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Thu, Dec. 15th, 2005, 11:27 pm

I'm writing a paper on Chinese women's experiences in the 1940-50's Communist take over. I've found primary sources that are all positive about the changes made by the Communist party. The women who've written these sources all praise the liberation and freedom they received as a result of the changes made by the Communists. However, most of my secondary sources point out many negative effects of the Communist party. For example, even though the Land Reform promised land to women, many women still did not actually get to hold land in their name (so claims the secondary source.)

My question is this: Why can't I find primary sources that talk about the negative aspects for women during the Communist reforms? Do you know of any I could use? Or, is it possible that the women who had negative experiences would not have access to record their experiences? Perhaps they were the illiterate, etc,?

Thanks :)

Fri, Dec. 16th, 2005 09:59 am (UTC)

Most of the sources I think you will find will be in oral history projects. It depends where you are and what language you are looking to figure out how much you can find. I have researched nothing on modern China I'm afraid, I prefer Tang dynasty and before, but two books were discussed in my research methods class, one was Chinese Lives, the author has just written a second book, and the other is by Neil J. Diamant called "Revloutionizing the Family" he looks at primary Chinese sources no one had access to previously. The flaw with the book is that the number of sources he uses is rather limited and he doesn't explain why. But he took the perspective that it was a much more positive experience for women than any other historians had said.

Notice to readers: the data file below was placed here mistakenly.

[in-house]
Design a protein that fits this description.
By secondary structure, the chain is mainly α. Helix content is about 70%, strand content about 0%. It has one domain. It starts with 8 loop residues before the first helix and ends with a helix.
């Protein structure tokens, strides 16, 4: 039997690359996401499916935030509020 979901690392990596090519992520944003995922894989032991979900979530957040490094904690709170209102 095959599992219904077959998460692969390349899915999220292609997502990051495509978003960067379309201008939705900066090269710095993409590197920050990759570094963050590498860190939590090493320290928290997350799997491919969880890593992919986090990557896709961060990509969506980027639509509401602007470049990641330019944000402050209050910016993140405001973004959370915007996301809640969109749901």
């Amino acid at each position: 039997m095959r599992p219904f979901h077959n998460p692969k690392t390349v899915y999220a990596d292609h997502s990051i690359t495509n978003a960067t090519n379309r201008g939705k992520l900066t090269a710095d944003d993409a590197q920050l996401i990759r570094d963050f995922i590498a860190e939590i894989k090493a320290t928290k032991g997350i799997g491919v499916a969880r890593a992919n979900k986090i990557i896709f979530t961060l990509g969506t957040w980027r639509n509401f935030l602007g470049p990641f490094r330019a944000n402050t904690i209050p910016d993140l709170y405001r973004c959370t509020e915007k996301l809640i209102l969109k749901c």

One thing I think you need to be carefull is trusting the secoundary sources more than the primary. If the primary sources say that life was better then there may be something to that. I would look at the footnotes and sources of the secondary sources that are saying it's bad and find out what they are basing these conclusions on, as it has to be more than simply not liking the communists. I would just be careful of "source mineing" looking for the perspectives that only support your idea. It might make you paper more interesting to say, I originaly thought this, and the secoundary soures agreed with me, however what I found was this. There are so many people ready to disnounce communism, the idea that it's impossible to speak out against the regime so that's why there is only positive sources might not hold up to closer investigation.
But best of luck, sounds like a very interesting topic!

Fri, Dec. 16th, 2005 04:23 pm (UTC)

In looking at the footnotes, it seems most of the authors are simply quoting other historians or scholars, and not actually quoting primary sources. That's what sent me on this search. I was wondering where the western scholars got their info from? I would hope they weren't simply going on hear-say.

I was also thinking of going the route you suggest. I agree, it is important not to try and manipulate the sources to support ones ideas. We're after the truth!